• That getting a new lunch box at the beginning of the new grade is something that most kids look forward to all year long. It translates into happy children, empty lunch boxes and full tummies. Sometimes the small things are the big things.
  • That in every kitchen there should be one cupboard with healthy snacks for little kids to open by themselves when their mum is sleeping or away. She still has one.
  • That their birthdays should be celebrated with homemade goodies. For nothing comes close to handmade love.
  • That in scorching summers watermelon is good. And it’s even better when pureed and frozen in ice trays.
  • That when tomatoes are in season one must make the most of the beautiful produce. Puree and preserve it for the rest of the year.
  • That the same holds true for chutneys and jams. Making them gives you the chance to enjoy the vegetables and fruits throughout the year and lifts the simple chapati to a gourmet meal.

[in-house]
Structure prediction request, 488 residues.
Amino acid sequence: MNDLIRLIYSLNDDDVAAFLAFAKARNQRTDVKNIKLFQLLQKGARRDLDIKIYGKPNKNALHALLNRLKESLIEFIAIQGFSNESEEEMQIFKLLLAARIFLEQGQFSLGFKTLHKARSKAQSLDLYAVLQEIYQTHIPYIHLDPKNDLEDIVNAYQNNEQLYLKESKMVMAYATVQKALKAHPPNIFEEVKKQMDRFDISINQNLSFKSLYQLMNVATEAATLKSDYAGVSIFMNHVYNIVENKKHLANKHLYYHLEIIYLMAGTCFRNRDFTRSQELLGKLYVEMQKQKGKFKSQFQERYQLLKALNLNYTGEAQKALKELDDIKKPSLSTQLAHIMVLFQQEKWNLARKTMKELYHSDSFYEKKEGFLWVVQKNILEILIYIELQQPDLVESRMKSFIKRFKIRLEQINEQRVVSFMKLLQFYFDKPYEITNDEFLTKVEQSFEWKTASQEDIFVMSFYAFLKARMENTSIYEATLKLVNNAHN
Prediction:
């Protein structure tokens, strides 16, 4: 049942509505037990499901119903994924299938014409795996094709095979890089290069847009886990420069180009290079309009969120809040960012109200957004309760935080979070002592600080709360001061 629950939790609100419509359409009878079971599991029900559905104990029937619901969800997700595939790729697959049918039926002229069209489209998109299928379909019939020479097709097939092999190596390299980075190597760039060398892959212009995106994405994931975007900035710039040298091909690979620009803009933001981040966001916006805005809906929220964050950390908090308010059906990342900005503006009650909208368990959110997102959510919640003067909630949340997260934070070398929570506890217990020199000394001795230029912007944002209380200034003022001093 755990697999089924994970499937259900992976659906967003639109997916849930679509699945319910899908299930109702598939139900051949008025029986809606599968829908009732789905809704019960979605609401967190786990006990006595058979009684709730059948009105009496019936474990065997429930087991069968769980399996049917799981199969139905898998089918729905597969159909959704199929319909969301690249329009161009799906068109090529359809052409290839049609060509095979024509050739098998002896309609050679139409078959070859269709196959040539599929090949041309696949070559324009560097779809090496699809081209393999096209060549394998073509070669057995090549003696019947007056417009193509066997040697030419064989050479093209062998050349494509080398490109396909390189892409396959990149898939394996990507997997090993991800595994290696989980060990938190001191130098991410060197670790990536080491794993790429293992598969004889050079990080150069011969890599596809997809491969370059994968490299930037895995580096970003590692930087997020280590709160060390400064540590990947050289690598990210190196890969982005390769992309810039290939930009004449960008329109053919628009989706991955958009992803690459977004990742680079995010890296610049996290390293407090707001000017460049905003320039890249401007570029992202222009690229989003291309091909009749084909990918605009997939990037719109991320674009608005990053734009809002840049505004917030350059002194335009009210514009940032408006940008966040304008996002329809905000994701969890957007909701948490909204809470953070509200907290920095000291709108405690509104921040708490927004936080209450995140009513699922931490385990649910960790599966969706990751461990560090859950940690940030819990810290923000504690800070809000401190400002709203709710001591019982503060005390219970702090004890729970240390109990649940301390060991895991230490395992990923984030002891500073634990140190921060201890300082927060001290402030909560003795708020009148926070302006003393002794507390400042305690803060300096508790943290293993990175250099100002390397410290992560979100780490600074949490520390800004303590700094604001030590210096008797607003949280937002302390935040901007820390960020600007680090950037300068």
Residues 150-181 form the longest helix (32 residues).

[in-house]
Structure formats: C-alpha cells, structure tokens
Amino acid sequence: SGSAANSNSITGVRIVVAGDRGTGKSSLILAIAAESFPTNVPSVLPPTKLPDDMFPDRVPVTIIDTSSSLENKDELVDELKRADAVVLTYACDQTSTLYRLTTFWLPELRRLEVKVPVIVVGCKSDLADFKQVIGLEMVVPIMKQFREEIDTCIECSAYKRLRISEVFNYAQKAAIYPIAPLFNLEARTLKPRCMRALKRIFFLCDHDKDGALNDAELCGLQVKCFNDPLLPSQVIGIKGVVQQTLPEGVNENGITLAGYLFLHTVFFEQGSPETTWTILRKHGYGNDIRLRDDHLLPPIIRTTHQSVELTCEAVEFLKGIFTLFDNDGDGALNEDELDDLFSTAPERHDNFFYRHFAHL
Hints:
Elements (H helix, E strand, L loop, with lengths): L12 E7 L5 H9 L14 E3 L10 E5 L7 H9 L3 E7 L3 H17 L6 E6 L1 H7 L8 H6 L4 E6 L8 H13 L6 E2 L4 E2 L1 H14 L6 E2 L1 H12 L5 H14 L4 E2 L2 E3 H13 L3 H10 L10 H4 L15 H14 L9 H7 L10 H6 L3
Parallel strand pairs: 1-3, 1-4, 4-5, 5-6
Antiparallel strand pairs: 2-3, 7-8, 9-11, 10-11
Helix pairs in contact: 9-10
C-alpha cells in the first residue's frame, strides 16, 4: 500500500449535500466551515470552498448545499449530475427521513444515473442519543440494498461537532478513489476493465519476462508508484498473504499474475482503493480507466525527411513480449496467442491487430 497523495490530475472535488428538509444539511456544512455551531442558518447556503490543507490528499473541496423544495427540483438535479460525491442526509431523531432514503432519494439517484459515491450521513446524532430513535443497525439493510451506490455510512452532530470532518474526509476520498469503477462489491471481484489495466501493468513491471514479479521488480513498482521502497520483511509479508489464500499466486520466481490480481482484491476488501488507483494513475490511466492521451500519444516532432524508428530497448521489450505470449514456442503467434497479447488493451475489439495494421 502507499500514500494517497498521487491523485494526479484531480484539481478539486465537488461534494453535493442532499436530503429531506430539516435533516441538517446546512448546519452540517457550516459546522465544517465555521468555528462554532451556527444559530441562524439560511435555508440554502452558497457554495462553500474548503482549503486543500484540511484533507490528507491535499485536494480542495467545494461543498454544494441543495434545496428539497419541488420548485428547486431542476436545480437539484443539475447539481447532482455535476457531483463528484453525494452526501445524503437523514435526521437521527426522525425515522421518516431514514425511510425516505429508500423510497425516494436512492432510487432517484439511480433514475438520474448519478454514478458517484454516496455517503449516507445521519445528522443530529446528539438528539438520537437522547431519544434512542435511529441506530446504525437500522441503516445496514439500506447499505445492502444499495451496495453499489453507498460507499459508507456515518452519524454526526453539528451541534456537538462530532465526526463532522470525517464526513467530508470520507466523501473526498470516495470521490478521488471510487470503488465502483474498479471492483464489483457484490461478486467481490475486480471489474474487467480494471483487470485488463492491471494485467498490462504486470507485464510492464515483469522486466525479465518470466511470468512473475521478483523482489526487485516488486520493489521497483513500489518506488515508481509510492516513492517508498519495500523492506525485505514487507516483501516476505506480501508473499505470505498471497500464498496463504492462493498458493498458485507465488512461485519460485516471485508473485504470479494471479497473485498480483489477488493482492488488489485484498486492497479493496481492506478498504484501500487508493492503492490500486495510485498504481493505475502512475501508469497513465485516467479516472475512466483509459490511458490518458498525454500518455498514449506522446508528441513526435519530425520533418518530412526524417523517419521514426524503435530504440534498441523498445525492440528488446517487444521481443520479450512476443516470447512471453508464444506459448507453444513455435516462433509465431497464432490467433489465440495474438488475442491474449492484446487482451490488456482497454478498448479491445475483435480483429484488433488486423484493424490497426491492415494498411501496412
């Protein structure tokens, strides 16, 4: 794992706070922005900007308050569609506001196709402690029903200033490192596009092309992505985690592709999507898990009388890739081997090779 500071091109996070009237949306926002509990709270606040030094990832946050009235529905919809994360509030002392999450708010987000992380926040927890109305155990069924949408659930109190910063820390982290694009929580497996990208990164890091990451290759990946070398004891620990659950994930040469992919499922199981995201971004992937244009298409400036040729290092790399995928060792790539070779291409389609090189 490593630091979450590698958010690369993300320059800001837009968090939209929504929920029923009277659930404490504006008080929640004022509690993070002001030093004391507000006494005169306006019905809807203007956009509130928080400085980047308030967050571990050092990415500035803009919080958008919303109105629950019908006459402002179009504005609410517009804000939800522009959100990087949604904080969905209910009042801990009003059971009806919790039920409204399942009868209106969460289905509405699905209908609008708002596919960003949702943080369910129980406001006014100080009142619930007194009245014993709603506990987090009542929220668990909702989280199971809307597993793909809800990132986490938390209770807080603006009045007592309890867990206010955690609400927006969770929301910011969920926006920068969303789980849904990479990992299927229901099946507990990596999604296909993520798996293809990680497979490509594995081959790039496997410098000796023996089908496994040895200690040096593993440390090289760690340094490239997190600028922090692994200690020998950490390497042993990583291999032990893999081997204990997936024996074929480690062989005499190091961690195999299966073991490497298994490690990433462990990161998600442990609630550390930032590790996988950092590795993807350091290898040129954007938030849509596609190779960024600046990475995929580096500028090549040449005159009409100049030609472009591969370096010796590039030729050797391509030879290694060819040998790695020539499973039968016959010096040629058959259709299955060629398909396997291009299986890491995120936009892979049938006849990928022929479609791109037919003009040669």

• That kitchen not only feeds the body and the soul but also heals. Turmeric is for bruises and burns, basil for viral infections, fenugreek for lowering blood sugar, cardamom for digestion and more.
  • That watching food shows, even re-runs is a legitimate hobby to have.
  • That writing down recipes in a diary is a great thing to do. You begin to see how your tastes have changed over time, how you have evolved as cook and of course the diary helps you capture all those scrumptious memories you have made through food.
  • That there is both comfort and excitement when each festival is marked with traditions that you’ve made for and with your family. Holi with gujiya & nariyal laddos, Dussehra with jalebi and Lohri with chikki and moongphali and Diwali with dahi bhallas and more.